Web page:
Ramsey Highway sign

Ramsey Post office was created on 18 Feb 1884, it was discontinued on 31 Jul 1917.

The Ramsey Community was first settled around 1845 by the Culbreath family and was known as the Redbud Community, probably due to the Redbud trees. The Culbreath family were bear hunters and after hunting declined, they moved to other areas. The second  know settlers were the Wyatts. Mrs. Wyatt was the frist person to be buried in the Ramsey Community. In 1852 the Dedrnans  emigrated from Alabama. R. D. Dedman is the only know charter member of Prosperity Baptist Church. Other pioneers were the Jones, Sissons, Proctors, Wheelers, Nutts and Smiths. 

Lumber was king in the Ramsey area. The land was covered in giant Oak, Gum and Pine. Several trees were cut measuring 20 feet in circumference at the ground. The area also grew cotton. J. B. Wheeler operated the first cotton gin and gristmill and powered both with horses. The first timber in the area sold for commercial use was by J. B. Wheeler in 1889. Timber is still the major enterprise in Ramsey and Dallas County. 

Ramsey never had a permanent railroad; however, due to its vast resources of timber a rail line was constructed in I893 by the Fordyce Lumber Company to haul timber born the deep woods. Fordyce Lumber Company later sold to Georgia Pacific. The first southern pine plywood mill was constructed by Georgia Pacific in Fordyce and is currently the major employer in the Fordyce area. 

R N. Parham was a plantation owner and was the first to establish a mercantile business in Ramsey. He also built the first saw mill and steam operated cotton gin. Frank Barnes sawed the first board at the mill. Today, the Barnes family owns several acres of timber, a small saw mill and the Fordyce Picture Frame factory. Squire Ramsey ran the first post office in the Redbud community.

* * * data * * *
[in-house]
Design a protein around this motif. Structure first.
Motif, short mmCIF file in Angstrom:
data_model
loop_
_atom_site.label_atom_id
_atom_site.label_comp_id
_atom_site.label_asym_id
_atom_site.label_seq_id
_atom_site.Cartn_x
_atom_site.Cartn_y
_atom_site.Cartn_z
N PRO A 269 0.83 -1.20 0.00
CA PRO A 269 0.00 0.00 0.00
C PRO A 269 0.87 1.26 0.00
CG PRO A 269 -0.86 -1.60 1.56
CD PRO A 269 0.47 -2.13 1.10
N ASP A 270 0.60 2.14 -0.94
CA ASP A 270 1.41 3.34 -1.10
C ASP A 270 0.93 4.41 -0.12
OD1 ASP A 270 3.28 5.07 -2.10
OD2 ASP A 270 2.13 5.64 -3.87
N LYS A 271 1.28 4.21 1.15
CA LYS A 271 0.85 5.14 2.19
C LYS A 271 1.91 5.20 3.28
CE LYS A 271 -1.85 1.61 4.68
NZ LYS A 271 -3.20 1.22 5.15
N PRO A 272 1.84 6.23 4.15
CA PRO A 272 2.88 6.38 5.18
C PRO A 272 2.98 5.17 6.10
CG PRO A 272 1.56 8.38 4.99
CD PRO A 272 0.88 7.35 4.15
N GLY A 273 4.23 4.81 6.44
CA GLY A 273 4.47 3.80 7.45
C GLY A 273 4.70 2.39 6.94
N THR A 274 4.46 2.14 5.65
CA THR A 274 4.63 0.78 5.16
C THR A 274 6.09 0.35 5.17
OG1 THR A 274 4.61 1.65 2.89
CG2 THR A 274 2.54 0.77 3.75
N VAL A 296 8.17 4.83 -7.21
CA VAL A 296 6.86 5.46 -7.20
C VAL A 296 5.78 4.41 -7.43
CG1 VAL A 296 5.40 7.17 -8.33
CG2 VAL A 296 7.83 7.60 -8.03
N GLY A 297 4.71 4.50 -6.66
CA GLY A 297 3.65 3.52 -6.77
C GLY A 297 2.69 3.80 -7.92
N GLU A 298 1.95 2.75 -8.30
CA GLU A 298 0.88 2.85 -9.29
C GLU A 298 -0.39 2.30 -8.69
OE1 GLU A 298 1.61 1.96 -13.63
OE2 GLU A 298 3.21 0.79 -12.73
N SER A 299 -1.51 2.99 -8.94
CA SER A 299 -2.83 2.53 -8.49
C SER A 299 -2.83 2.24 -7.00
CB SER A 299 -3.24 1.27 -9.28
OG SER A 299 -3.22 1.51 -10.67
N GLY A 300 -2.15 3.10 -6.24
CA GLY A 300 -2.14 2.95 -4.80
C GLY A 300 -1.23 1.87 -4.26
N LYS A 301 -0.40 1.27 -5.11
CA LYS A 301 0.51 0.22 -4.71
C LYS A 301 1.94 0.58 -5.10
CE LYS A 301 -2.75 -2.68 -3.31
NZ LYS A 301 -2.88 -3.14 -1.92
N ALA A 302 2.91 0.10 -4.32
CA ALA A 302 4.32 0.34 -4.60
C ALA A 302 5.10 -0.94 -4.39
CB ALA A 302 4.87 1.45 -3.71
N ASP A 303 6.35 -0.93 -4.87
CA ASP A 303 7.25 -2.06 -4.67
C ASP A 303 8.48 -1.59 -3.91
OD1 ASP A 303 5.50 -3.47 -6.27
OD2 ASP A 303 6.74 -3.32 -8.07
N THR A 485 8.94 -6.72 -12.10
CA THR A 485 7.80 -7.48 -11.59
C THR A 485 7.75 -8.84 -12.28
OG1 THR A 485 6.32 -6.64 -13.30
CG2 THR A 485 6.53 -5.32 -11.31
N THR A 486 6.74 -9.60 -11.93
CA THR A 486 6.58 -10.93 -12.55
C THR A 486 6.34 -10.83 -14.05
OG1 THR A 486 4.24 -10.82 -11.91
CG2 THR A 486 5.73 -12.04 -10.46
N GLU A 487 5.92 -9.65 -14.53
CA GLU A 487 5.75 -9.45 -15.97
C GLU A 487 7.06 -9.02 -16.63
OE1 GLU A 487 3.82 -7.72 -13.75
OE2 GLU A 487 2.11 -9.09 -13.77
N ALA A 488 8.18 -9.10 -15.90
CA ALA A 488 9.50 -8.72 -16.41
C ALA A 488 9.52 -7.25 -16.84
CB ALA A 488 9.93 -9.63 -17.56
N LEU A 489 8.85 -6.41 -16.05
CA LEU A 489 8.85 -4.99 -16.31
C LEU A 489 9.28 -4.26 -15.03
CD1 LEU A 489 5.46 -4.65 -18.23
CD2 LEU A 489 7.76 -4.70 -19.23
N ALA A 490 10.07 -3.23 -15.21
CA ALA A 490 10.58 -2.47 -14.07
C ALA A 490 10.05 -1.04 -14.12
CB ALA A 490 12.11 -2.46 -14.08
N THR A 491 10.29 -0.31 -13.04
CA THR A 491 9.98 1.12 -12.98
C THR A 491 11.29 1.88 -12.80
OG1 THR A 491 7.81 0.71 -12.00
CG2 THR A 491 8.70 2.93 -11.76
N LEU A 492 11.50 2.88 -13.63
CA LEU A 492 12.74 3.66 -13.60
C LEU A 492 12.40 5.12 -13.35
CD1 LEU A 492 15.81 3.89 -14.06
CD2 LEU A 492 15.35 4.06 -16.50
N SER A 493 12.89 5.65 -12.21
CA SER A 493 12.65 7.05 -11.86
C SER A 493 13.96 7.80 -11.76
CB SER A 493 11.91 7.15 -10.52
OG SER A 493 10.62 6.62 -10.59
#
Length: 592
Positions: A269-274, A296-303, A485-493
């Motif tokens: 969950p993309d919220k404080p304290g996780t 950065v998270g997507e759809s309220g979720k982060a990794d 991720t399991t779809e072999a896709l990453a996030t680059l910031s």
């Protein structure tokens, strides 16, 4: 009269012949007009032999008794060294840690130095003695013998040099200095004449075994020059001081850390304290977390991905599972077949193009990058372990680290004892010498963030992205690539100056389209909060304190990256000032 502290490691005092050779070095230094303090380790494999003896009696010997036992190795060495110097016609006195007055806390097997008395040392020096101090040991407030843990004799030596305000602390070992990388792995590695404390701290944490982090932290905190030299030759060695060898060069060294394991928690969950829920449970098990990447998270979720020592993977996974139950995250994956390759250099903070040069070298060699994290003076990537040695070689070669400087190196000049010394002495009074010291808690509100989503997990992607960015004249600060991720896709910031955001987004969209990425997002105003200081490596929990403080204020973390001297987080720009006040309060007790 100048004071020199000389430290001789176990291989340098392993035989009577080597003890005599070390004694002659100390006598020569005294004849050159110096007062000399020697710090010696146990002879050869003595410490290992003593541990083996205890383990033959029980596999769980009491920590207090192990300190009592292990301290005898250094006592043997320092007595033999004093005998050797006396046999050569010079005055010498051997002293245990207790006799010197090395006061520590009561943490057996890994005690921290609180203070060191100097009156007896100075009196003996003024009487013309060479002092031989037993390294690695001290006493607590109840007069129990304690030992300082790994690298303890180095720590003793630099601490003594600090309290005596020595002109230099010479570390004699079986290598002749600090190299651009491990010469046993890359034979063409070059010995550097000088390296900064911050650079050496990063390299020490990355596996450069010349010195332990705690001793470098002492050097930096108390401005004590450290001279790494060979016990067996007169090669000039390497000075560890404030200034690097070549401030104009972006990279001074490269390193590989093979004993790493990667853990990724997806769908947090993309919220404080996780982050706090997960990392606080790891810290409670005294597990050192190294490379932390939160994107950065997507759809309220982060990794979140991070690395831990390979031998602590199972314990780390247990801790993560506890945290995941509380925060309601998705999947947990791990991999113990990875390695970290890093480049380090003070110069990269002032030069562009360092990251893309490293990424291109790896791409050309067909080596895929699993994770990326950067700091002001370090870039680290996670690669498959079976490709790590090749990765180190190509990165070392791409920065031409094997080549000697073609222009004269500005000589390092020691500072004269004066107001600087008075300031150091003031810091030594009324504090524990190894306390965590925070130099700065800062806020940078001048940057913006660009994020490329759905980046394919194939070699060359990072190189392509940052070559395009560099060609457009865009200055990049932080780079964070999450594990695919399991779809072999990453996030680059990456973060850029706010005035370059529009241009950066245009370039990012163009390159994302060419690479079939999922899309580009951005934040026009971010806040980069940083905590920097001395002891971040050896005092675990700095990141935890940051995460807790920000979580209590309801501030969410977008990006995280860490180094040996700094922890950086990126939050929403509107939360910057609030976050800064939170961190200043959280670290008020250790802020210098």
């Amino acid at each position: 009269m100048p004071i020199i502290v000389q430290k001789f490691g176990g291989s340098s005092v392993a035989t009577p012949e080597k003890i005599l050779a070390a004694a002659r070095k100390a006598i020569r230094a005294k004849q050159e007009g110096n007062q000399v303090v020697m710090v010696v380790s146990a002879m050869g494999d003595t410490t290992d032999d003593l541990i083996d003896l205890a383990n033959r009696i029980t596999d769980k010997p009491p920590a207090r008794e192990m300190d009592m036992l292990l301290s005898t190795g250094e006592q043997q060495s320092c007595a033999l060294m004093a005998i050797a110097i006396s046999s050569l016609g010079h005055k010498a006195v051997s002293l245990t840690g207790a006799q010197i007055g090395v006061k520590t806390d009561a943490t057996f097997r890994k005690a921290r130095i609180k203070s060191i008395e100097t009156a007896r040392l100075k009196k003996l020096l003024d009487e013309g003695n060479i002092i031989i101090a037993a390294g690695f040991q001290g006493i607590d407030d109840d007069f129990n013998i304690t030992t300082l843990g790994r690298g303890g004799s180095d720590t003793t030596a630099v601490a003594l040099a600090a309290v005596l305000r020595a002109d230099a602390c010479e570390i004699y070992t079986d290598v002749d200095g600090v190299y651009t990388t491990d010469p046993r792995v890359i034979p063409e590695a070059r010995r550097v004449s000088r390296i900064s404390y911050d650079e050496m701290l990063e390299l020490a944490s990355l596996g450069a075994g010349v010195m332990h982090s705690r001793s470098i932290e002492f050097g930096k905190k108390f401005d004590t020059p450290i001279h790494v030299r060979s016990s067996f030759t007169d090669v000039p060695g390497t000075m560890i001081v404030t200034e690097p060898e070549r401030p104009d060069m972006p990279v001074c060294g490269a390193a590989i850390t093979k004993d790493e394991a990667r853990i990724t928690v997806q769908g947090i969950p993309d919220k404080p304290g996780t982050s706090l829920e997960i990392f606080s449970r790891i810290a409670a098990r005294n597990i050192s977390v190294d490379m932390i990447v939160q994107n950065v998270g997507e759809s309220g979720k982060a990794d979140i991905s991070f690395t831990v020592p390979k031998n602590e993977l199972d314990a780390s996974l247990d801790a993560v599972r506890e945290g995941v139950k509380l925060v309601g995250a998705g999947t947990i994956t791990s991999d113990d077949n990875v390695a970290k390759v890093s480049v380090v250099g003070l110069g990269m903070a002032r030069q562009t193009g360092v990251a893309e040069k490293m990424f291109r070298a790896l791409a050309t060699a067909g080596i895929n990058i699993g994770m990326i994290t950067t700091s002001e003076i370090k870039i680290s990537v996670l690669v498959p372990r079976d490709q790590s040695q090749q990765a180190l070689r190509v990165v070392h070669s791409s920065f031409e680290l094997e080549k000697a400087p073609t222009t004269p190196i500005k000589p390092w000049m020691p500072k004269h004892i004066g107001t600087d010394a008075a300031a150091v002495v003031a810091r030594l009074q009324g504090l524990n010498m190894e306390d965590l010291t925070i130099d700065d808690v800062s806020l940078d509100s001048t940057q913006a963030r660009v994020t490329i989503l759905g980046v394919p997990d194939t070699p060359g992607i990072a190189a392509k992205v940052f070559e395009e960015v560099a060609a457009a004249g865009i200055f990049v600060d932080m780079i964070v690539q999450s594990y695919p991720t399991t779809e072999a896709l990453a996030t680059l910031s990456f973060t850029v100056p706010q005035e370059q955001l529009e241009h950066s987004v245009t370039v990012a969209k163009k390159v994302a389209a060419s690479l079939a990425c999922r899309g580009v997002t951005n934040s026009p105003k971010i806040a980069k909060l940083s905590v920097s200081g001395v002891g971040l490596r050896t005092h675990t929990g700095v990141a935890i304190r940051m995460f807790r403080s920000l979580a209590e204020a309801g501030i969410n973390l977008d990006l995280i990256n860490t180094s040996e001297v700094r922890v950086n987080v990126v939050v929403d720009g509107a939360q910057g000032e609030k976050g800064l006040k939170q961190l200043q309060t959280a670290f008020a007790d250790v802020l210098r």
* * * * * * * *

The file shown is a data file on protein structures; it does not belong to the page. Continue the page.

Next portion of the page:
The Redbud Community was later renamed Ramsey, in honor of Squire Ramsey. Today, Ramsey is served by a Fordyce rural route, There are no commercial businesses in Ramsey today. 

Two of the early churches that settlers attended were the Macedonia Baptist Church and the Redbud Methodist Church. The  Macedonia Church was several miles from the Ramsey Community and the Redbud Methodist was in the Redbud (Ramsey) community. Not far from the Ramsey Community were the Temperance Hill Methodist Church and the Salem Presbyterian Church. Temperance Hill Methodist Church still hoIds services once a month. The Salem Church was organized in J895 by Reverend J. M. Brown but later disbanded and was razed in 1924. The history of the Redbud Methodist Church is not known, but the church does not exist today. The Macedonia Baptist Church still holds services. 

This site is maintained and updated by Jamila (Sloan) Barahona, contact me